Regulations can also create a variety of obligations around information retention and submission. They can require specific persons to create and keep registers or records and to tell the authorities about certain matters. The authorities also get powers to require the provision of information and documents and to make inspection visits.
Licences, directions and exemptions
Where there is a designation, there will also be the possibility to make Regulations creating exceptions to any prohibition or requirement. Exceptions would apply where an act is done for the purposes of national security or the prevention nor detection of serious crime anywhere in the world. There can be general exceptions, specific exceptions specified by the relevant Minister, or disapplication of the relevant prohibition to anything done under a licence the relevant Minister grants.
Licences or directions may be general or apply to a specific person or category of persons. They must specify what they allow and what is not allowed. They may contain conditions and Regulations may provide that no licence or direction can be issued unless set criteria apply. Regulations can also provide that licences or directions may be limited in time, or indefinite. Finally, Regulations can provide for variation, suspension or revocation of licences or directions and make provision for notifications and publicity relating to them.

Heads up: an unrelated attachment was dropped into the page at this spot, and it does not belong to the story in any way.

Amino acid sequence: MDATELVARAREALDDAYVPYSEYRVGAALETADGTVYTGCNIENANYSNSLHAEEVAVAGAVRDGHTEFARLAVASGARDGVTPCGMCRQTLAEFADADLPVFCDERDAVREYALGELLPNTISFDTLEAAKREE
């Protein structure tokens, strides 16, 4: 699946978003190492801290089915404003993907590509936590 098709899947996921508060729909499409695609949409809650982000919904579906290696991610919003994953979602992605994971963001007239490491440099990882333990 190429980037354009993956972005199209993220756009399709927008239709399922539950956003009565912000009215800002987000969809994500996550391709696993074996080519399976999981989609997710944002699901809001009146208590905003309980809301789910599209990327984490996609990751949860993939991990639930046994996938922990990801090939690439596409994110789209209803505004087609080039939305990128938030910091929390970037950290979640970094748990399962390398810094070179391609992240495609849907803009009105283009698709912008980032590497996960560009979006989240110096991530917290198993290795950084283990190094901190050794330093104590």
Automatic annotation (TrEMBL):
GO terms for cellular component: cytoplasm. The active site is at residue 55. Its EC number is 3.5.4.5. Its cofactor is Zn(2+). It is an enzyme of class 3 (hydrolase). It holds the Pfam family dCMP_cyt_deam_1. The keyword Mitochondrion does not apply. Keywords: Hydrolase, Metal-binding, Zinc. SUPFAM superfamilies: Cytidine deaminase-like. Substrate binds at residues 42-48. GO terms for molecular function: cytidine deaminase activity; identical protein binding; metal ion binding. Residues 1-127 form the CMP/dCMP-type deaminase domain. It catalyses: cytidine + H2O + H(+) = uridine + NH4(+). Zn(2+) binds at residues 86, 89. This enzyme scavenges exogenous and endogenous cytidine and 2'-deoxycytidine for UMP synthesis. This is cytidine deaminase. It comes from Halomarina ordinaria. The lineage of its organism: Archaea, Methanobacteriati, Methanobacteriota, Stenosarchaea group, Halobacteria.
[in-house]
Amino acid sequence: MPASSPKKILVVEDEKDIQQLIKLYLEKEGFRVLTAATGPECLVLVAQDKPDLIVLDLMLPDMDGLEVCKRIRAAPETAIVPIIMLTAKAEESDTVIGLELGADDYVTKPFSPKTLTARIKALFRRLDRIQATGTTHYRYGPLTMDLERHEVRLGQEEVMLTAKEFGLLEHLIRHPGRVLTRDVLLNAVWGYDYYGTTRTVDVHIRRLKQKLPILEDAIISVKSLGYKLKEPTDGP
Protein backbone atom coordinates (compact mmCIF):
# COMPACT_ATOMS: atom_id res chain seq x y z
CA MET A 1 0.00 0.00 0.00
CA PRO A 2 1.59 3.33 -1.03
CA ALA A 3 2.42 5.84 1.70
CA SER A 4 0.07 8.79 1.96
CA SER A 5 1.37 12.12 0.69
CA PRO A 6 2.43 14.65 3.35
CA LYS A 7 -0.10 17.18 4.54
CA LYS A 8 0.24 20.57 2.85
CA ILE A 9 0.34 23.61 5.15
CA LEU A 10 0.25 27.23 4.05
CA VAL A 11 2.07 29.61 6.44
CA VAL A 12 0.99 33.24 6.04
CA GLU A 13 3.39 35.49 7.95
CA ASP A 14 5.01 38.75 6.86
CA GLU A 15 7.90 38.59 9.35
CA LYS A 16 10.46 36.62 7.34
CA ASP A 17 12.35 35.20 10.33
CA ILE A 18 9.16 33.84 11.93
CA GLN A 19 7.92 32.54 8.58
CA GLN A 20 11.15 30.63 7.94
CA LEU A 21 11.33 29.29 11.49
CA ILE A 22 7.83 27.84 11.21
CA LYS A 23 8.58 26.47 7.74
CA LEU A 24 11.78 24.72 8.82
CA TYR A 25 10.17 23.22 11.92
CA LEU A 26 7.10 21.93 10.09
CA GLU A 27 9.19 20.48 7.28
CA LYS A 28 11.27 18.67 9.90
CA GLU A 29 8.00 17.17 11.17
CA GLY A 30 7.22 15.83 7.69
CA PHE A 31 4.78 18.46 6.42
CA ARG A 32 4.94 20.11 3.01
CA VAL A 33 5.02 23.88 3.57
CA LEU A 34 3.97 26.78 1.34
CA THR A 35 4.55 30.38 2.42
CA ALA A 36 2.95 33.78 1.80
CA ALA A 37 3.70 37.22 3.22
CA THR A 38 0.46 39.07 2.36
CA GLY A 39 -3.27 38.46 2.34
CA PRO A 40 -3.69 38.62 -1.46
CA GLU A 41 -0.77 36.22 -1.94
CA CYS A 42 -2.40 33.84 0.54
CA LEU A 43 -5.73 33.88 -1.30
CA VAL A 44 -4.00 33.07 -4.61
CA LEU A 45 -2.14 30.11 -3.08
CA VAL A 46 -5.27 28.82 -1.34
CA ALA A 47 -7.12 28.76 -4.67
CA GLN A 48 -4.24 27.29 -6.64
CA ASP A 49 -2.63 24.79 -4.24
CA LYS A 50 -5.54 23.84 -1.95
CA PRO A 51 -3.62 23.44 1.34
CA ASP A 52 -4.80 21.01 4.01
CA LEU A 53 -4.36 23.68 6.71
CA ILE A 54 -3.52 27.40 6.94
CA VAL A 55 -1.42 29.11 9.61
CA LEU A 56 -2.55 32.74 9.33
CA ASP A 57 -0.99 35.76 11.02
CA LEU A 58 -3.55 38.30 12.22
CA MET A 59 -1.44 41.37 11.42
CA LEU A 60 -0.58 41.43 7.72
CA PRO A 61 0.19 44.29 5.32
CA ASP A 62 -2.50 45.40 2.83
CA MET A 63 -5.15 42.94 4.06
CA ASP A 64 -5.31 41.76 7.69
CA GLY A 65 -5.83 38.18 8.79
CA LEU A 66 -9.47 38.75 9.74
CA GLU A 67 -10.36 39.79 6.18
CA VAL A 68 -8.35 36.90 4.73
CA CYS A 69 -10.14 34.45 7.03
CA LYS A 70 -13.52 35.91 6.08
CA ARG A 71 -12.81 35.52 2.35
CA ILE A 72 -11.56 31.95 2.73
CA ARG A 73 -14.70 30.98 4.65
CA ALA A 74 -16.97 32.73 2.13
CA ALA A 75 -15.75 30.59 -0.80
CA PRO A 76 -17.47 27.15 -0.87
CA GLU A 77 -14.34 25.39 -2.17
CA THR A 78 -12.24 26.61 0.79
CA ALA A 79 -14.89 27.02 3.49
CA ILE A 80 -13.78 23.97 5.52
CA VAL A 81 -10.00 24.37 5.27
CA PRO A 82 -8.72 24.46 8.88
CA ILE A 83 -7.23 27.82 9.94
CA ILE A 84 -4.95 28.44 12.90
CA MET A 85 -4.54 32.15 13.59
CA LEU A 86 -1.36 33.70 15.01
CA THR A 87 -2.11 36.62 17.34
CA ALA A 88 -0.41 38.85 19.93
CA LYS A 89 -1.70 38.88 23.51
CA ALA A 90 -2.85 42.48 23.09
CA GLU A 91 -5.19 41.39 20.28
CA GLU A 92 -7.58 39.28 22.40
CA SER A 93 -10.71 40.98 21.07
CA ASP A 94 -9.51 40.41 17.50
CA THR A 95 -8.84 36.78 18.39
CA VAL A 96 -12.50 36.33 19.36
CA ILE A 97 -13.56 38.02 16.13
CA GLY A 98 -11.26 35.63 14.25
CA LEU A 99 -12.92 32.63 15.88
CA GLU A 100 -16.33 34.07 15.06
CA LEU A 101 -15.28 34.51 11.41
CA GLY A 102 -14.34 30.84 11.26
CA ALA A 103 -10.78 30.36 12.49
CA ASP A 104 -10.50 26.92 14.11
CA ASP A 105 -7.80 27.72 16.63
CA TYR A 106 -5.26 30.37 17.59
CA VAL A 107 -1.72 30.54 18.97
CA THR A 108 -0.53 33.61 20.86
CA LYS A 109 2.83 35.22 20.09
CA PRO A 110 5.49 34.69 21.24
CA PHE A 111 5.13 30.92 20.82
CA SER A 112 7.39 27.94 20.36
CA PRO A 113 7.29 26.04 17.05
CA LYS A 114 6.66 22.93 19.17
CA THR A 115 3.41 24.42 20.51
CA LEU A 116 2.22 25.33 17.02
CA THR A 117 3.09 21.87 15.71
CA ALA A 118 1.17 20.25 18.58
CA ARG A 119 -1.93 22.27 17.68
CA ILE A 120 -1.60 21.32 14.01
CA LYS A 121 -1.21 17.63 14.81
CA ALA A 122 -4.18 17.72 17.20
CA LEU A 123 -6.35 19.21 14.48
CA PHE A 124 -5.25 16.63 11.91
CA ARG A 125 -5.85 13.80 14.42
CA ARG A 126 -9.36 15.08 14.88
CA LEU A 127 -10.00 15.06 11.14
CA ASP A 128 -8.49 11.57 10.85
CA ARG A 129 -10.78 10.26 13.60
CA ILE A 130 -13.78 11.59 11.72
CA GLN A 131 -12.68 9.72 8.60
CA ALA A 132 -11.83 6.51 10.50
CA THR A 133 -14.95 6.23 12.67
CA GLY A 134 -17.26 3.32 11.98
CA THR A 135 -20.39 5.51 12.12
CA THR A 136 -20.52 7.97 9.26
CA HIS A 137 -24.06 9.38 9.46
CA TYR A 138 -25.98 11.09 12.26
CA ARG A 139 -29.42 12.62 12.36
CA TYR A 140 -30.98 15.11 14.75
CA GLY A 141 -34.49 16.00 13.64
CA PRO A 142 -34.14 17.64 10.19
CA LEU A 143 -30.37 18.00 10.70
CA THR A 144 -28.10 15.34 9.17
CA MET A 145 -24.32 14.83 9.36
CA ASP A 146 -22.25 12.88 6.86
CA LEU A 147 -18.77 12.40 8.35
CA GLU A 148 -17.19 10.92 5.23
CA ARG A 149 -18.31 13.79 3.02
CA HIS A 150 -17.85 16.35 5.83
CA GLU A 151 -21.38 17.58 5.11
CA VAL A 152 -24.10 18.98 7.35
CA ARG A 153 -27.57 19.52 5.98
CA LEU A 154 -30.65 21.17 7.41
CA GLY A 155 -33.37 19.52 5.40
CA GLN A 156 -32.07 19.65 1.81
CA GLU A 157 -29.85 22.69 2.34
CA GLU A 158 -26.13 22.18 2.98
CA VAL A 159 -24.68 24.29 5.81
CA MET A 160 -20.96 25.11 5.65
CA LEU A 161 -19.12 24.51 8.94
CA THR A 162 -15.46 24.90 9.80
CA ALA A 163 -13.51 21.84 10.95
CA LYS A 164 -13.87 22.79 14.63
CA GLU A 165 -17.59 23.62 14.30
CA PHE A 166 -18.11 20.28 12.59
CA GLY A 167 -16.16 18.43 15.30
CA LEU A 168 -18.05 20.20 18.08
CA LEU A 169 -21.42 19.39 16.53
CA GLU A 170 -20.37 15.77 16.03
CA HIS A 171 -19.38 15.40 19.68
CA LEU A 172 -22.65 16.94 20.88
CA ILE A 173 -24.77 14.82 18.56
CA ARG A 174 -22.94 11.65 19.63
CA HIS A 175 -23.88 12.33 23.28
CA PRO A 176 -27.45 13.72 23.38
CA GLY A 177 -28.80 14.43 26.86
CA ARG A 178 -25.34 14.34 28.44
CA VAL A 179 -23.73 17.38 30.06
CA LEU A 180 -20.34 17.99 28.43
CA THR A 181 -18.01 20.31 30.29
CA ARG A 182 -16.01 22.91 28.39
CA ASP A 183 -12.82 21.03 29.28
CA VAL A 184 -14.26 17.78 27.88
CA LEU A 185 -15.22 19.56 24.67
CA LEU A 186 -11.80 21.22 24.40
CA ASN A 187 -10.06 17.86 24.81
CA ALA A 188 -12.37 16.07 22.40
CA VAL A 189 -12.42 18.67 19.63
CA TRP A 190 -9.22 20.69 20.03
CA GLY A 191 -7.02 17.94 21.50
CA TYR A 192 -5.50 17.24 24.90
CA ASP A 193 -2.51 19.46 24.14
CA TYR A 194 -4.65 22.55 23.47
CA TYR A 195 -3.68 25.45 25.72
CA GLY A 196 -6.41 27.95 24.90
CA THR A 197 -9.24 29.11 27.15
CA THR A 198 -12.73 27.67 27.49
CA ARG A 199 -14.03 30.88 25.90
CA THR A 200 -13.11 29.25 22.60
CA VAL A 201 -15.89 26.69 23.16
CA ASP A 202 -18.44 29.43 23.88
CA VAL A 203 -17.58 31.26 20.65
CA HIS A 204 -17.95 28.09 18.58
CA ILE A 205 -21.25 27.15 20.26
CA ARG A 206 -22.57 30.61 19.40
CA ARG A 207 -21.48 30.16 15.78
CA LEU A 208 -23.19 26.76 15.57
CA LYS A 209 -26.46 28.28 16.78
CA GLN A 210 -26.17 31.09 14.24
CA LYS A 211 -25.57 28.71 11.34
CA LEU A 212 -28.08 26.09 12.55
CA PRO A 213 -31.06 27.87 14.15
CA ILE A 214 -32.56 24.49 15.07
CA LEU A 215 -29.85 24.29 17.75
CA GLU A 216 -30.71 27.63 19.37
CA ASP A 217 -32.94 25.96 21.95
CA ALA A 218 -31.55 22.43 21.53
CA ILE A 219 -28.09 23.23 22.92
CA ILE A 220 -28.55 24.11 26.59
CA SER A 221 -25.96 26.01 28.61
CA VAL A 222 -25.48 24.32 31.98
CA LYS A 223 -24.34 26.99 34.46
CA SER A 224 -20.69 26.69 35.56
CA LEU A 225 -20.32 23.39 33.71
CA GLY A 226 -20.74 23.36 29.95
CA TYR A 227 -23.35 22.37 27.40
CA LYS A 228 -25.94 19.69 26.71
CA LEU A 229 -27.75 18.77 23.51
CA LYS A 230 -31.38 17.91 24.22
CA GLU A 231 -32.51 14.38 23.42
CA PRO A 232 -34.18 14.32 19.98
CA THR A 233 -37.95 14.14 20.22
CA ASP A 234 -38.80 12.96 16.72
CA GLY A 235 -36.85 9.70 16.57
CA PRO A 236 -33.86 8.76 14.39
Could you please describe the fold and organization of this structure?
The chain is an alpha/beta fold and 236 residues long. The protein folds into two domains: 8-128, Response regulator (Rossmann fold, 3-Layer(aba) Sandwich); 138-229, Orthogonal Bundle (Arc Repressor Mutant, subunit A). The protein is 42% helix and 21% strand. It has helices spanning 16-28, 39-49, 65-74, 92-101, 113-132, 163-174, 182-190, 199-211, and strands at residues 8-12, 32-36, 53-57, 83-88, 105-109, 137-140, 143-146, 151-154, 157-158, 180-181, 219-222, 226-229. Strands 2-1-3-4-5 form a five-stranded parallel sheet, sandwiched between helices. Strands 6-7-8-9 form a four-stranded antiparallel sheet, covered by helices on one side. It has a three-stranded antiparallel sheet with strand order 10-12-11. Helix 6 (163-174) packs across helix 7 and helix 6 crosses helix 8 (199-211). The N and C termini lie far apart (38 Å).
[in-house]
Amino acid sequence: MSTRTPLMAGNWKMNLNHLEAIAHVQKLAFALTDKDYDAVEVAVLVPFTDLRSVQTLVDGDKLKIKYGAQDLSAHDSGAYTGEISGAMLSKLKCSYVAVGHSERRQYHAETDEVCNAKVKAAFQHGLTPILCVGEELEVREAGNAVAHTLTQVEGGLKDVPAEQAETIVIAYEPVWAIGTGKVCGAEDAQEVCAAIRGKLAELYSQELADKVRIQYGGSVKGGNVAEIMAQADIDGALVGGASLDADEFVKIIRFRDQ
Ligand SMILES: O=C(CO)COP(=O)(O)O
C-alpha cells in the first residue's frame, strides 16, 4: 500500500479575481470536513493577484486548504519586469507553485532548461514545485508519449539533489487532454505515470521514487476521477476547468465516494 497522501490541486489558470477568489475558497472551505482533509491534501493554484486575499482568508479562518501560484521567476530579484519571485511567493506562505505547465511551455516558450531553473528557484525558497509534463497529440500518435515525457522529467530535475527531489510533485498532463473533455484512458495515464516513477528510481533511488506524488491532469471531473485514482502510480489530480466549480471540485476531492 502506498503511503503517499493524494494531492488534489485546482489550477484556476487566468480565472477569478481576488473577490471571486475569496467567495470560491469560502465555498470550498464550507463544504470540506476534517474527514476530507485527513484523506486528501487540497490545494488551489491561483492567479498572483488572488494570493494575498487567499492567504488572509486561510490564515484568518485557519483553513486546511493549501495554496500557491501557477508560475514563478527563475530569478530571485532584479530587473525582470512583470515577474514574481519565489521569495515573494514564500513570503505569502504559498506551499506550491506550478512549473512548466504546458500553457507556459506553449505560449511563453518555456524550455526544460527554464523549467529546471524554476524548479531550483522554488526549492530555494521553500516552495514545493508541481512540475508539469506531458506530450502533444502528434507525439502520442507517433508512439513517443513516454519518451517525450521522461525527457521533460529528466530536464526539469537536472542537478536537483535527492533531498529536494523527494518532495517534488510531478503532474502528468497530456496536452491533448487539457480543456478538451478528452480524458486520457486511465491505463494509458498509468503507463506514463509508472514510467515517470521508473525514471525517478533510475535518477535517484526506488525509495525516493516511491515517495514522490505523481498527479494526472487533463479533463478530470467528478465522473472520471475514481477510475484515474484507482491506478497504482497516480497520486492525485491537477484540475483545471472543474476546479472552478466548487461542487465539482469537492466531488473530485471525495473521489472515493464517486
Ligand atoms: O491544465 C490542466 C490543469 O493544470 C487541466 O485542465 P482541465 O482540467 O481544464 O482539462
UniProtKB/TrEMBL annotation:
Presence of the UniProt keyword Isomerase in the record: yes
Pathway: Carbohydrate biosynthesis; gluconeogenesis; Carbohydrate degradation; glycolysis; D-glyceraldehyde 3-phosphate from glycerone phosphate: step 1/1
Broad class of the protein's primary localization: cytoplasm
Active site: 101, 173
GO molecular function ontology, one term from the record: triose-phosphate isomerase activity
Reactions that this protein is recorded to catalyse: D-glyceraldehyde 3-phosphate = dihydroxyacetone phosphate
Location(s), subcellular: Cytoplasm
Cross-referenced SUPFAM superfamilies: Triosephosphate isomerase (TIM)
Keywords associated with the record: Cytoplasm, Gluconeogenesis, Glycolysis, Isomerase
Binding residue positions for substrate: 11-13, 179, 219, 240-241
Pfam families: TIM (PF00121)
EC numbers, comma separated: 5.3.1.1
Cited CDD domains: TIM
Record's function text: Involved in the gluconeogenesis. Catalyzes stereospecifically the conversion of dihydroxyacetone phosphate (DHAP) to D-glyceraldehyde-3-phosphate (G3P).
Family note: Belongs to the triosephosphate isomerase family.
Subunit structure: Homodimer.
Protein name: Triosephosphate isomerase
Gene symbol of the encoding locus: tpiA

Further Regulations can provide for enforcement of any of the prohibitions or requirements and for preventing any circumvention of general prohibitions or requirements or those arising under licences or directions. The penalties may be criminal, but cannot exceed 10 years' imprisonment.
The appropriate Minister has to report to Parliament on offences created under relevant Regulations, explaining why criminal consequences are appropriate.